# n'th cumulant (of a CGF) for exponential family / exponential dispersion model

The n'th cumulant is defined to be the n'th derivative of the CGF (cumulant generating function).

$$\kappa_n = \frac{d^n K(t)}{dt^n} |_{t=0}$$

But I'm reading in a book (p.215, chapter5, eq. 5.8) now that for the exponential family / exponential dispersion model, this is actually equal to:

$$K \underset{exp.}{=} \frac{\kappa(\theta+t\phi) - \kappa(\theta)}{\phi}\\ \kappa_n = \phi^{n-1} \frac{d^n\kappa(\theta)}{d\theta^n}$$

Where:

1. $$\theta$$ is the canonical/natural parameter in exponential family.

2. $$K$$ is cumulant generating function

3. $$\kappa_n$$ is the nth cumulant

I'm not really sure how come you get this result. The $$\phi^{n-1}$$ I understand, but not how the derivative changes from $$t$$ to $$\theta$$.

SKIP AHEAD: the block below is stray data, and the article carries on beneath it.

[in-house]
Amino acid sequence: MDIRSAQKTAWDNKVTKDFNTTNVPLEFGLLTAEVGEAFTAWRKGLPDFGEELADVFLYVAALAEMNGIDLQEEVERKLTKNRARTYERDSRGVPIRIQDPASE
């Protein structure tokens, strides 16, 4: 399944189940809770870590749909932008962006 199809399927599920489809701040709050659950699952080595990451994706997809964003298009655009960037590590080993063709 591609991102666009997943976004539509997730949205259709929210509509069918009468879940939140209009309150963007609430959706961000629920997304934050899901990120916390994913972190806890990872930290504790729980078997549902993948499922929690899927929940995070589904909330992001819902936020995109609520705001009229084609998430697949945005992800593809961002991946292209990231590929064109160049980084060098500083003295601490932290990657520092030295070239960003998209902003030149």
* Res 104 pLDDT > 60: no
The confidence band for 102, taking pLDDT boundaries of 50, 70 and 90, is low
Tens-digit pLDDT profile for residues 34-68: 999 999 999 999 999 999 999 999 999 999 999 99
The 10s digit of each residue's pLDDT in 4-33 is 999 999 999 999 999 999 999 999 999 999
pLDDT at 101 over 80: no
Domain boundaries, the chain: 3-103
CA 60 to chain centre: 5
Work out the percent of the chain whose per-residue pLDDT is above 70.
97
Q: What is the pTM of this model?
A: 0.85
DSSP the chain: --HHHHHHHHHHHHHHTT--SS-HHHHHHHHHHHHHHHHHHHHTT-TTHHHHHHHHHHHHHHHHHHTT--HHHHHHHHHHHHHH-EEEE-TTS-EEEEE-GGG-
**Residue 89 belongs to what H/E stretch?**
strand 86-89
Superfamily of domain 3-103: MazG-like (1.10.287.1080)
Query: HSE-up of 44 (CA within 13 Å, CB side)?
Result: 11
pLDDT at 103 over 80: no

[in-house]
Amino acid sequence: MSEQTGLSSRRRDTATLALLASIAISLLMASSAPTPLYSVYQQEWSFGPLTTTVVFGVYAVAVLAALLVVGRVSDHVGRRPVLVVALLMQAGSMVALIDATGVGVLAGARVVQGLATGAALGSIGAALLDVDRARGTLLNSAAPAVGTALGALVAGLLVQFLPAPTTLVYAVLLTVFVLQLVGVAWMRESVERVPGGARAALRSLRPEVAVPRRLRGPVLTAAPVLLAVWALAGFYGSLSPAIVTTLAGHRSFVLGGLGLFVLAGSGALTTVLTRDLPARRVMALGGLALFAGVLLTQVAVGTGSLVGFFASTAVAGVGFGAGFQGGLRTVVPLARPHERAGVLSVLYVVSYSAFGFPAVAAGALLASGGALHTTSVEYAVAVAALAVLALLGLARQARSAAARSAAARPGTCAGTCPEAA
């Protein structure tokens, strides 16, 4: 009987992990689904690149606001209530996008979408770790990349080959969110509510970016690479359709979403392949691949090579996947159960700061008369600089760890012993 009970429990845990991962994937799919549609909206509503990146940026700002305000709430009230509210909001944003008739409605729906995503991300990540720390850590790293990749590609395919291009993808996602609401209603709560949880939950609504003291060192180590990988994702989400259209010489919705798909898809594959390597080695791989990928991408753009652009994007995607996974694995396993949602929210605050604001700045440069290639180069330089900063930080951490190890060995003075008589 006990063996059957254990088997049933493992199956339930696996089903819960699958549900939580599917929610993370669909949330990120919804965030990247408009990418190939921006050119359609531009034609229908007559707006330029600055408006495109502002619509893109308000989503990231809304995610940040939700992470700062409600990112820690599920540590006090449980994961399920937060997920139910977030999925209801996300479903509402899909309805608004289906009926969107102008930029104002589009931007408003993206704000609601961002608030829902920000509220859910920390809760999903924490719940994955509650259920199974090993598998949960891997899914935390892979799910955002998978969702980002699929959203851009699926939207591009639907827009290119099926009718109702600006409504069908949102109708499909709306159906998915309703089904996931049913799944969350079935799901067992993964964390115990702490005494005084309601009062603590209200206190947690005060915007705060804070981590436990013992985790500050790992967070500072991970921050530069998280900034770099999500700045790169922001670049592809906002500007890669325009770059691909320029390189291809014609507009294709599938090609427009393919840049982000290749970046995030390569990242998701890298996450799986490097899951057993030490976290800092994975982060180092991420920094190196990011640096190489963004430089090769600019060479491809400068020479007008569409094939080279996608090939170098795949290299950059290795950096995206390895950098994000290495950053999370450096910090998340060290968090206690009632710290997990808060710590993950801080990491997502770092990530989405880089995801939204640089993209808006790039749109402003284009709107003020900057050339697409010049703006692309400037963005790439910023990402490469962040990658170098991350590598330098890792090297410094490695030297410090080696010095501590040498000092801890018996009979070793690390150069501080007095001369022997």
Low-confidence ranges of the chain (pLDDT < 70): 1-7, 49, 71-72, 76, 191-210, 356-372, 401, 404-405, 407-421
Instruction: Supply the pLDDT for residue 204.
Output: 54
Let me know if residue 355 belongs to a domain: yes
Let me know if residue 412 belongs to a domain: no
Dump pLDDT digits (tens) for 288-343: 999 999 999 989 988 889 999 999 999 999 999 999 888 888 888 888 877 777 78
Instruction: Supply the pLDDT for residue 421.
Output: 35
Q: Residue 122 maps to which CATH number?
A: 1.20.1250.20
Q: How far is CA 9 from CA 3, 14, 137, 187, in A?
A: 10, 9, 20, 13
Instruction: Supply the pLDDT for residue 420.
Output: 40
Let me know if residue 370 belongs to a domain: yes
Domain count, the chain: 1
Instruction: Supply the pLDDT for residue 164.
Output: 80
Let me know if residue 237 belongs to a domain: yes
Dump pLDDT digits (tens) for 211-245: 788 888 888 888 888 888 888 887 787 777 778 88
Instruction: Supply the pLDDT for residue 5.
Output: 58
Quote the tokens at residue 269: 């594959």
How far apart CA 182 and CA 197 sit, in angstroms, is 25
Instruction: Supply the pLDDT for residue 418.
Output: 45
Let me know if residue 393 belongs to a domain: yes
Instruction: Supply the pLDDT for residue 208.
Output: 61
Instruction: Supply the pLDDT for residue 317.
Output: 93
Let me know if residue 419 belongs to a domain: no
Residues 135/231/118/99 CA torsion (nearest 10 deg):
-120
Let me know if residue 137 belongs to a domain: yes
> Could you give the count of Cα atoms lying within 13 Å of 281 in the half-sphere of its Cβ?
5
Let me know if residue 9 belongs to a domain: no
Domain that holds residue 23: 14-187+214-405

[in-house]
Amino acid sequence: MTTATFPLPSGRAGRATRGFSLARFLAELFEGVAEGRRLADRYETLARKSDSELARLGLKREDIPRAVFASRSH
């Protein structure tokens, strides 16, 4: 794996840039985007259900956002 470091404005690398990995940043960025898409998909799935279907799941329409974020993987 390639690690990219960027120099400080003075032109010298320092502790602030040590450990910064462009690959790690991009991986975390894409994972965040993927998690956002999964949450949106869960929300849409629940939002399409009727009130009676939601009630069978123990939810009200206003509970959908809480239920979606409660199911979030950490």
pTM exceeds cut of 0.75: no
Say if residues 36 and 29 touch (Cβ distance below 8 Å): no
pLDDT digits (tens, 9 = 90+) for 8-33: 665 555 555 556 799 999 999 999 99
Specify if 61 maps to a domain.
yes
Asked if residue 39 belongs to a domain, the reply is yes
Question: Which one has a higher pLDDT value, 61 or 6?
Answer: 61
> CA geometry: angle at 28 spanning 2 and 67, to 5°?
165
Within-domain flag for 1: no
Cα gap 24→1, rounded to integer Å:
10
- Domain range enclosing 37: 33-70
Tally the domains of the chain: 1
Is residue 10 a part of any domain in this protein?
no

As you did'nt define your terms, I will use the definition of exponential dispersion model used in Definition of exponential family with dispersion parameter, which is $$f(y|\theta,\phi) = \exp\left(\frac{y\theta - b(\theta)}{a(\phi)} + c(y, \phi)\right)$$ which is an exponential family in $$\theta$$, for each fixed $$\phi$$. It seems you have in your notation $$a(\phi)=\phi$$. Then we can calculate the mgf (moment generating function) as $$M(t)=\exp\left( \frac{b(t a(\phi)+\theta)-b(\theta)}{a(\phi)} \right)$$ so the cumulant generating function $$K(t)=\log M(t)= \frac{b(t a(\phi)+\theta)-b(\theta)}{a(\phi)} .$$ Then $$K'(t)=\frac{b'(t a(\phi)+\theta)\cdot a(\phi)}{a(\phi)}=b'(t a(\phi)+\theta)$$ where $$'$$ means the derivative of a function with respect to its argument. It does not matter if that argument is named $$t$$ or $$\theta$$. Now it is easy to see that we can continue differentiating to get $$K^{(n)}(t)=b^{(n)}(t a(\phi)+\theta)\cdot a^{n-1}(\phi)$$ by repeated application of the chain rule. Now, if you set $$t=0$$ and revert to the $$\frac{d}{d t}$$ notation, you get the result. Now, since on the RHS the argument of $$b$$ is $$\theta$$, we differentiate there $$b$$ with respect to its argument, which explains your confusion.